Special Issue "Recent Advances in Metal, Ceramic, and Metal-Ceramic Composite Films/Coatings"

A special issue of Coatings (ISSN 2079-6412). This special issue belongs to the section "Corrosion, Wear and Erosion".

Deadline for manuscript submissions: 31 January 2022.

Special Issue Editor

Dr. Małgorzata Norek
Website
Guest Editor
Institute of Materials Science & Engineering, Faculty of Advanced Technology & Chemistry, Military University of Technology, Warsaw, Poland
Interests: nanostructures; anodization; surface properties; optical materials
Special Issues and Collections in MDPI journals

Special Issue Information

Dear Colleagues,

The application of various metal, ceramic, or metal–ceramic composite coatings is currently considered as the one of the most effective methods to tailor surface properties of materials to specific requirements for conventional and advanced technological applications. The well-defined surface properties induced by various coating layers can change mechanical (e.g., hardness, fatigue limit, elongation, tensile strength), thermal (e.g., thermal conductivity, expansion), electrical, and many other functional properties of materials (corrosion resistance, hydrophobicity or super-hydrophobicity, wettability, optical properties, etc.) without the necessity of using expensive and time-consuming heat treatments or alloying techniques. Metal coatings are successfully used in photovoltaics, optical, energy conversion, and sensing devices. Ceramic coatings create a barrier on the substrate that separates the material from the corrosive environment, thus enhancing its corrosion resistance. Additionally, the coatings provide better abrasion resistance that makes them extremely robust and ensures a longer life for the coated surface. Moreover, the coatings can modify surface texture for specific needs, enhance wettability/hydrophobicity, provide better wear resistance and thermal/electrical insulation, and improve surface hardness of a given material. Application of various coatings is, therefore, an efficient and affordable method to obtain the desired surface and material properties for a broad range of applications.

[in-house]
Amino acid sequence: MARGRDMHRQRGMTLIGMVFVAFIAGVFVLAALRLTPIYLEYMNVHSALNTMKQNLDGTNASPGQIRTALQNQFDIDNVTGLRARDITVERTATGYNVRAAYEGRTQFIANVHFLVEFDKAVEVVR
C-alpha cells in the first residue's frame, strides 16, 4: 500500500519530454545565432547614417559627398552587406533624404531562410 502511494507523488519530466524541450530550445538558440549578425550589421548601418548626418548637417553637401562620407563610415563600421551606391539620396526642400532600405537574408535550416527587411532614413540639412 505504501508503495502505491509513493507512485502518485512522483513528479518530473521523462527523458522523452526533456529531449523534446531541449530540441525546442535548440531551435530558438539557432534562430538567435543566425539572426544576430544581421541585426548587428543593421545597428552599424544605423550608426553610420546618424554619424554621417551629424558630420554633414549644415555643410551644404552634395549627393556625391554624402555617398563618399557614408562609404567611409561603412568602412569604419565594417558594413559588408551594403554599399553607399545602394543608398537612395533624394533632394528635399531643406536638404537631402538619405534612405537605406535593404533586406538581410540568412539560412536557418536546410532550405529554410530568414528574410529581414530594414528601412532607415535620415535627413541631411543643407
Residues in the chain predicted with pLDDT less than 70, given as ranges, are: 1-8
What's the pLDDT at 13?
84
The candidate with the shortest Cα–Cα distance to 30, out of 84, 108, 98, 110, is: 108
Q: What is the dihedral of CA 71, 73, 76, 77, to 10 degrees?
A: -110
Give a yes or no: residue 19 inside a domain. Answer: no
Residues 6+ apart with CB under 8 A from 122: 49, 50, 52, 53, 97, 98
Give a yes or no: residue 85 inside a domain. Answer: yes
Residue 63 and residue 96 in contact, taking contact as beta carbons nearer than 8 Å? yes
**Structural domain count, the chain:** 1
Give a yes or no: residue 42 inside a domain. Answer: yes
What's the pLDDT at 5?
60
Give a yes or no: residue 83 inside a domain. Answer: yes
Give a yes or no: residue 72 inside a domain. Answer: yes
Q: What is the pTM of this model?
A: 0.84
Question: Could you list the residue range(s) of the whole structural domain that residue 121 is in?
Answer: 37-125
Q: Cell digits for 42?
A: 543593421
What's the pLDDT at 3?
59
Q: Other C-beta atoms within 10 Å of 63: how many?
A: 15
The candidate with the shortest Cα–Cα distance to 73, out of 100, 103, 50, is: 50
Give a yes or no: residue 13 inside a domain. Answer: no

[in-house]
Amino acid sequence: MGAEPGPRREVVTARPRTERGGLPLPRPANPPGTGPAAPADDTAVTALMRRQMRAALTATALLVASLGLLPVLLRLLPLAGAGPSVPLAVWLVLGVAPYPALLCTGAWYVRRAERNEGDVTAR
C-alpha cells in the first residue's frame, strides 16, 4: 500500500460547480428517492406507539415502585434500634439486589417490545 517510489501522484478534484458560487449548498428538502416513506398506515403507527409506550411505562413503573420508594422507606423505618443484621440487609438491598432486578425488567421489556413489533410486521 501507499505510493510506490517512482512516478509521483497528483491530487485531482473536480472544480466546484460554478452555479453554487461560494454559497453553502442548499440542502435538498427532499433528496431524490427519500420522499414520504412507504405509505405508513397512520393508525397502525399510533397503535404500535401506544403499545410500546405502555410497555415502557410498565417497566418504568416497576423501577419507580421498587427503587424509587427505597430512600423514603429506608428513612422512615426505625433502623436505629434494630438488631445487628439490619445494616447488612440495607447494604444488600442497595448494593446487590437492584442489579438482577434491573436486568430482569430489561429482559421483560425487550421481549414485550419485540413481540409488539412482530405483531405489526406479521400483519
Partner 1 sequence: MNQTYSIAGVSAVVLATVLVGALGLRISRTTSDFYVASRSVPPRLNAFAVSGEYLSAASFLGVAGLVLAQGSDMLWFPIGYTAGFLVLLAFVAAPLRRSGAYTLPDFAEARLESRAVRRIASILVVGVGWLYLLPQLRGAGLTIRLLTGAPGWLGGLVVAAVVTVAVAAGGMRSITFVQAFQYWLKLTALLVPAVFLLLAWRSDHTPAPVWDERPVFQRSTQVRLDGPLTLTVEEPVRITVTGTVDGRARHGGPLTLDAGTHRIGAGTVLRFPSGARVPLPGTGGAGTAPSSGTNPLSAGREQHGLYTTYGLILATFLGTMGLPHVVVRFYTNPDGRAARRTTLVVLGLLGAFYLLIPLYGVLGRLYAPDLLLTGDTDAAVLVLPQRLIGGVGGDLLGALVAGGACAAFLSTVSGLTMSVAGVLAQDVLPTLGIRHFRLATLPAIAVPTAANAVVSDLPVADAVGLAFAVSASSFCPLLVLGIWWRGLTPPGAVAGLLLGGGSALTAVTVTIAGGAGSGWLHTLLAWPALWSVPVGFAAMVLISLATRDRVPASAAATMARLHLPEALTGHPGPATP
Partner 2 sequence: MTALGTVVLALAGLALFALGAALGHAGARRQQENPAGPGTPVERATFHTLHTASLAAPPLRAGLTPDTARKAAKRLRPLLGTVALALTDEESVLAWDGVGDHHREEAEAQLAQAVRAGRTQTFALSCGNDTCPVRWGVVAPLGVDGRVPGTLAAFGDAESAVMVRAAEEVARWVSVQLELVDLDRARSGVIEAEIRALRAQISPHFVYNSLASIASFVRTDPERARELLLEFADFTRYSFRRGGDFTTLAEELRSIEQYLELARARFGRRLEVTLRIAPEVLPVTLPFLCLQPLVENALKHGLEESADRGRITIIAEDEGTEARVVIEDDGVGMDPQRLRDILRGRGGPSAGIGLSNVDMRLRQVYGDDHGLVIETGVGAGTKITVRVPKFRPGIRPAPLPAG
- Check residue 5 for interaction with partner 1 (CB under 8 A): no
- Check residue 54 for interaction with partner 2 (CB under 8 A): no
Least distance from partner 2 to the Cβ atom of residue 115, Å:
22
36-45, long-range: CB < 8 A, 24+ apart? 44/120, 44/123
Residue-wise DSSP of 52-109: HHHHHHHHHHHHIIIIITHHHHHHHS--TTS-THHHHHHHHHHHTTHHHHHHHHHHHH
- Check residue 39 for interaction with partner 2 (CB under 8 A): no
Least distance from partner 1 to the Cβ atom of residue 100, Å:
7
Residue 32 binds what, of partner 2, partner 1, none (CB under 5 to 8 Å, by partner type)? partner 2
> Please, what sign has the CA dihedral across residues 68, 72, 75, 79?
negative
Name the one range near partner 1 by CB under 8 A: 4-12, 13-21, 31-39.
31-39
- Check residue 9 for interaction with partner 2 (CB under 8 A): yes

In particular, the topics of interest include but are not limited to:

  • The effect of thin coatings on mechanical properties of bulk materials;
  • New directions in design and production of hard coatings;
  • Thermal barrier coating (TBC) to prevent heat loss;
  • Smart and self-healing coatings for corrosion protection;
  • Super-hydrophobic and self-cleaning coatings;
  • High refractive index (HRI) coatings;
  • Plasmonic and antireflecting coatings;
  • Single and multilayer films;
  • Coating methods and technologies.

Dr. Małgorzata Norek
Guest Editor

Manuscript Submission Information

Manuscripts should be submitted online at www.mdpi.com by registering and logging in to this website. Once you are registered, click here to go to the submission form. Manuscripts can be submitted until the deadline. All papers will be peer-reviewed. Accepted papers will be published continuously in the journal (as soon as accepted) and will be listed together on the special issue website. Research articles, review articles as well as short communications are invited. For planned papers, a title and short abstract (about 100 words) can be sent to the Editorial Office for announcement on this website.